If the Russian blockade continues, tens of millions of tons of food will rot in silos, and tens of millions of people in Africa and Asia will starve. 3/16
The horror of Putin's hunger plan is so great that we have a hard time apprehending it. We also tend to forget how central food is to politics. Some historical examples can help. 4/16
The idea that controlling Ukrainian grain can change the world is not new. Both Stalin and Hitler wished to do so. 5/16
For Stalin, Ukraine's black earth was to be exploited to build an industrial economy for the USSR. In fact, collectivized agriculture killed about four million Ukrainians. 6/16
Notably, as people began to die in large numbers, Stalin blamed the Ukrainians themselves. Soviet propaganda called those who drew attention to the famine "Nazis." 7/16
Actual Nazis had related ideas. They liked the idea of controlling Ukrainian agriculture. This was in fact Hitler's central war aim. 8/16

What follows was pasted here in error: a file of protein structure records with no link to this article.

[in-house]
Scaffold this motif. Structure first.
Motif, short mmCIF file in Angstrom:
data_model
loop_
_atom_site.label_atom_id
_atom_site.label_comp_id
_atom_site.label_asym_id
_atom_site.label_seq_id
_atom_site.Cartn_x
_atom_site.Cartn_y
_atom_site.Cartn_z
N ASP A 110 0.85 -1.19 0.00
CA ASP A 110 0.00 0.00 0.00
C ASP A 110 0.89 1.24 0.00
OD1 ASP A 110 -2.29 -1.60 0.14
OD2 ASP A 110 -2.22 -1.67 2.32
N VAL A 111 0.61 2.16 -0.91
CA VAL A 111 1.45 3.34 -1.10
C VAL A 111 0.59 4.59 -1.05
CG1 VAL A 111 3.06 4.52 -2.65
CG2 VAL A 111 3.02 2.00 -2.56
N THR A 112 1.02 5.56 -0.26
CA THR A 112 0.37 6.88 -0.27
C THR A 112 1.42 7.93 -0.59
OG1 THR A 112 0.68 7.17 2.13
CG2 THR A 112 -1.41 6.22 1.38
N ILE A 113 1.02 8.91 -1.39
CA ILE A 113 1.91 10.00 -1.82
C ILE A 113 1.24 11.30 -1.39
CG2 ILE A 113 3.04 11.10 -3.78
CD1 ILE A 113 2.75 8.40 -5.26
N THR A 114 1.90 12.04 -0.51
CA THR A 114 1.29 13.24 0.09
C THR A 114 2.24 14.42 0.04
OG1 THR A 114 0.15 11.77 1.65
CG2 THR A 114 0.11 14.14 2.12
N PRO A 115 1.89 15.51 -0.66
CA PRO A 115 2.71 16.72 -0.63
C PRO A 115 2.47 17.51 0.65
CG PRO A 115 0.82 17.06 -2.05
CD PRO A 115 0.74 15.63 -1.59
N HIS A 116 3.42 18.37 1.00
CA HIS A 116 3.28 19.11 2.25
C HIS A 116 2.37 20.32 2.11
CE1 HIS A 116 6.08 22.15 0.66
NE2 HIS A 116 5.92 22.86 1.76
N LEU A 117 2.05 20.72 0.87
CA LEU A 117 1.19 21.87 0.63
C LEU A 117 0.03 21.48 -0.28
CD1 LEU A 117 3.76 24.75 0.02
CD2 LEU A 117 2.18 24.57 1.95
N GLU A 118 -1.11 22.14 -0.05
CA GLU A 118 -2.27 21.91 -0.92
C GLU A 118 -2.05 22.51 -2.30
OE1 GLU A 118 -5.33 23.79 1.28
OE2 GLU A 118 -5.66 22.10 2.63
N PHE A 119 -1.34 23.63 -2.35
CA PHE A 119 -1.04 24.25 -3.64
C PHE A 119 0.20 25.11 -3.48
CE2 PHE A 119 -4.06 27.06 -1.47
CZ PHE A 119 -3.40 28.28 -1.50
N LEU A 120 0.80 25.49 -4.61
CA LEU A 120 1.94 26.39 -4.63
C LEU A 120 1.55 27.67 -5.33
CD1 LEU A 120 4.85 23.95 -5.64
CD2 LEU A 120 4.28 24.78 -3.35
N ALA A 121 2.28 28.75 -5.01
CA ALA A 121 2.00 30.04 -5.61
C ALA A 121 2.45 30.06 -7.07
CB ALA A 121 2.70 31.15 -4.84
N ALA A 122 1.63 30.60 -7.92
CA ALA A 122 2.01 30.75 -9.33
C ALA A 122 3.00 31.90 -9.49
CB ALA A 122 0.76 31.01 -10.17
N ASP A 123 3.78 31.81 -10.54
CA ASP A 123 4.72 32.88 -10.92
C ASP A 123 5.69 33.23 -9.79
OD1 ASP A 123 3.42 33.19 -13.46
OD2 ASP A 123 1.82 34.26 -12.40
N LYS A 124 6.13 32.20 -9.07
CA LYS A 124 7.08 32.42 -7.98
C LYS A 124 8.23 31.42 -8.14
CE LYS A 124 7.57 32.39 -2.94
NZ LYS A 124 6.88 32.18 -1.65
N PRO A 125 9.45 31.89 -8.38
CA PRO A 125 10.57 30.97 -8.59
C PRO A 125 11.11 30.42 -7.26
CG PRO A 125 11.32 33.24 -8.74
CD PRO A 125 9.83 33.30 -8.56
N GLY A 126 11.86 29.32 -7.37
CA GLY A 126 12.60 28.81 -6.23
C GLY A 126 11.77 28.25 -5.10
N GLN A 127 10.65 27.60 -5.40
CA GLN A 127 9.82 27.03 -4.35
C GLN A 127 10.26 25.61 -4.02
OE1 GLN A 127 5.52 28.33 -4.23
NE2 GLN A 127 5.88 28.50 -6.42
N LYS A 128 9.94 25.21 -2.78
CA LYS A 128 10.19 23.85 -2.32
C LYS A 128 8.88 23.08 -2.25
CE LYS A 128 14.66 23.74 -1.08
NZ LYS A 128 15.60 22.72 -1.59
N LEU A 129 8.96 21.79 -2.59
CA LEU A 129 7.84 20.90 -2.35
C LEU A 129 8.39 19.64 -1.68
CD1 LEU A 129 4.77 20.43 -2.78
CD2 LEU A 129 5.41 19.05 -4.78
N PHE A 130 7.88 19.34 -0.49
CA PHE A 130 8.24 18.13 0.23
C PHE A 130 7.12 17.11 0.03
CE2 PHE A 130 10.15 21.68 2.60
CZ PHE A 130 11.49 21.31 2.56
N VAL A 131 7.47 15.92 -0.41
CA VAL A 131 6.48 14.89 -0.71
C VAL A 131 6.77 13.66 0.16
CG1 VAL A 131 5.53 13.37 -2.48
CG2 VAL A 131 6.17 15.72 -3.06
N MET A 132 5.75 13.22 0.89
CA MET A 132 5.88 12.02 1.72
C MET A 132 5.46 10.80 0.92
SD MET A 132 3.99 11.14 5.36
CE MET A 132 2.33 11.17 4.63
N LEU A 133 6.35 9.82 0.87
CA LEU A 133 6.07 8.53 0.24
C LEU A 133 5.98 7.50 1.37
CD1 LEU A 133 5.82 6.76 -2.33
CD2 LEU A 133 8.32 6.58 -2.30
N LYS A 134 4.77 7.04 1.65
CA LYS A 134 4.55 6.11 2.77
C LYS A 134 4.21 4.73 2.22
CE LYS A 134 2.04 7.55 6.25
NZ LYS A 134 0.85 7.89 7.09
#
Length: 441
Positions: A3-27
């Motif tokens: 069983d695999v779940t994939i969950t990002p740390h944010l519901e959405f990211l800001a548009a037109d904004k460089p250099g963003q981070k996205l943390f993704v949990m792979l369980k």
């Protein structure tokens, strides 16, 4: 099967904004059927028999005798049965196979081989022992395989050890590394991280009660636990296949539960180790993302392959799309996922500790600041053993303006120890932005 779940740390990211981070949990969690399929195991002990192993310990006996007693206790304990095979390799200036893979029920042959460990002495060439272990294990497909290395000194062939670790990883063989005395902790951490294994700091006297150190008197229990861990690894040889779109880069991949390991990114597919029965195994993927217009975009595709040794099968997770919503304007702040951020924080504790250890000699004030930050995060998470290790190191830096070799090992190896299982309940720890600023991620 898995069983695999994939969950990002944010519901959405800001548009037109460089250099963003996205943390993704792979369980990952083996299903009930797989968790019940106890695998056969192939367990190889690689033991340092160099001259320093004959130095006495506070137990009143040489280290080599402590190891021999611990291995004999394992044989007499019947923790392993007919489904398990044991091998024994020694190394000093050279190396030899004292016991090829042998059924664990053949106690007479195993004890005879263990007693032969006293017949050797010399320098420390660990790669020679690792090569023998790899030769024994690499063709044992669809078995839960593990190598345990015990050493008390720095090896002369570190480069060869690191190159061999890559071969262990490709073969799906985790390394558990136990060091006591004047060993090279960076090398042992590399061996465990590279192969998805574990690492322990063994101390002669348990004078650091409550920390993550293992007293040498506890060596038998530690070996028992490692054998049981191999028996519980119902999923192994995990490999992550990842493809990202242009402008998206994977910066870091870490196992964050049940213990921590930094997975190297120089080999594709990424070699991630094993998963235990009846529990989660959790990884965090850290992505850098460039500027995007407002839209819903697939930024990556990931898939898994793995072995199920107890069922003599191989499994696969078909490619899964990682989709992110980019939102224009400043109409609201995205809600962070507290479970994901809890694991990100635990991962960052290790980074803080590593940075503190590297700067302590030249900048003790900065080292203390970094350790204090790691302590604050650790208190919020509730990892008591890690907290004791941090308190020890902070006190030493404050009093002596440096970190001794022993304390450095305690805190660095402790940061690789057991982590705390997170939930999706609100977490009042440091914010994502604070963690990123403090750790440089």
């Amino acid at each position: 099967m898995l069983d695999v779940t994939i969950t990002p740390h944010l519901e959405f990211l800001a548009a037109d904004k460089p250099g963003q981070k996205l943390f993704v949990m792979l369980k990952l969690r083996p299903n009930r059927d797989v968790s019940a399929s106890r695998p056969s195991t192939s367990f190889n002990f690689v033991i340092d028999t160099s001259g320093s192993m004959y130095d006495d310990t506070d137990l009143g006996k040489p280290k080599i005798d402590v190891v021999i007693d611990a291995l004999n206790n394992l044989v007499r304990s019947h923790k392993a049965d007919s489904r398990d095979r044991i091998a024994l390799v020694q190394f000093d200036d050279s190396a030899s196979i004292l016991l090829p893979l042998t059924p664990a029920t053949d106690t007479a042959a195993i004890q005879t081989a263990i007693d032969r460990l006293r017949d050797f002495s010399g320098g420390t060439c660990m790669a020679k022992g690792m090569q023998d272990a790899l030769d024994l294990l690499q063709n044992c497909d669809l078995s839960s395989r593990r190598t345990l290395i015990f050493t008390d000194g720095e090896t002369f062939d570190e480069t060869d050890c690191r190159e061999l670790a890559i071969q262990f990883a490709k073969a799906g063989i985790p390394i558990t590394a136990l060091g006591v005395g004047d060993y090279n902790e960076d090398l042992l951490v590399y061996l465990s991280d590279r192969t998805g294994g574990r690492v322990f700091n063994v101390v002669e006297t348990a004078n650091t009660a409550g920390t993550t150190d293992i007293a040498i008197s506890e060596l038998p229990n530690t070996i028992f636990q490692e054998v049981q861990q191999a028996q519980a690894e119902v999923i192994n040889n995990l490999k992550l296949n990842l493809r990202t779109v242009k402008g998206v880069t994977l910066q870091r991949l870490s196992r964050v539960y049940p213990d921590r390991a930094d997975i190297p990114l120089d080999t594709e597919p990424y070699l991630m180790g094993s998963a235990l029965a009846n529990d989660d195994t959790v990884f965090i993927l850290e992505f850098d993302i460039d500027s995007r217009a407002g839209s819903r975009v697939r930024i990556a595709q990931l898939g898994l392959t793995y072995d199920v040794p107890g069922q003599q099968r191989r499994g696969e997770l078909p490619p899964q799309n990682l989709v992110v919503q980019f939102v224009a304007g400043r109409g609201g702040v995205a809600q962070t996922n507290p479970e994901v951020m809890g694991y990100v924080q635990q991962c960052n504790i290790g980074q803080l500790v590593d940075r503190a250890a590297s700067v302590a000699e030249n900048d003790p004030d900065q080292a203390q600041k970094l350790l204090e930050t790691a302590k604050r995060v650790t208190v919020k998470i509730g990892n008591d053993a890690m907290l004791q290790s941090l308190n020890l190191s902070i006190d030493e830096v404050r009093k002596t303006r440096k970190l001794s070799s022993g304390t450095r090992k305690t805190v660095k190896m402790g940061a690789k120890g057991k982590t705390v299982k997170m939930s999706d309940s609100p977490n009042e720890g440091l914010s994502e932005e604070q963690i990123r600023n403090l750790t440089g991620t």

Hitler wished to redirect Ukrainian grain from the Soviet Union to Germany, in the hope of starving millions of Soviet citizens. 9/16
The Second World War was fought for Ukraine and in considerable measure in Ukraine, between dictators who wanted to control food supplies. 10/16
Russian memory politics prepared the way for a 21st-century hunger plan. Russians are told that Stalin's famine was an accident and that Ukrainians are Nazis. This makes theft and blockade seem acceptable. 11/16
Putin's hunger plan is, I believe, meant to work on three levels. First, it is part of a larger attempt to destroy the Ukrainian state, by cutting off its exports. 12/16
Putin's hunger plan is also meant to generate refugees from North Africa and the Middle East, areas usually fed by Ukraine. This would generate instability in the EU. 13/16
Finally, and most horribly, a world famine is a necessary backdrop for a Russian propaganda campaign against Ukraine. Actual mass death is needed as the backdrop for a propaganda contest. 14/16
When the food riots begin, and as starvation spreads, Russian propaganda will blame Ukraine, and call for Russia's territorial gains in Ukraine to be recognized, and for all sanctions to be lifted. 15/16
Russia is planning to starve Asians and Africans in order to win its war in Europe. This is a new level of colonialism, and the latest chapter of hunger politics. 16/16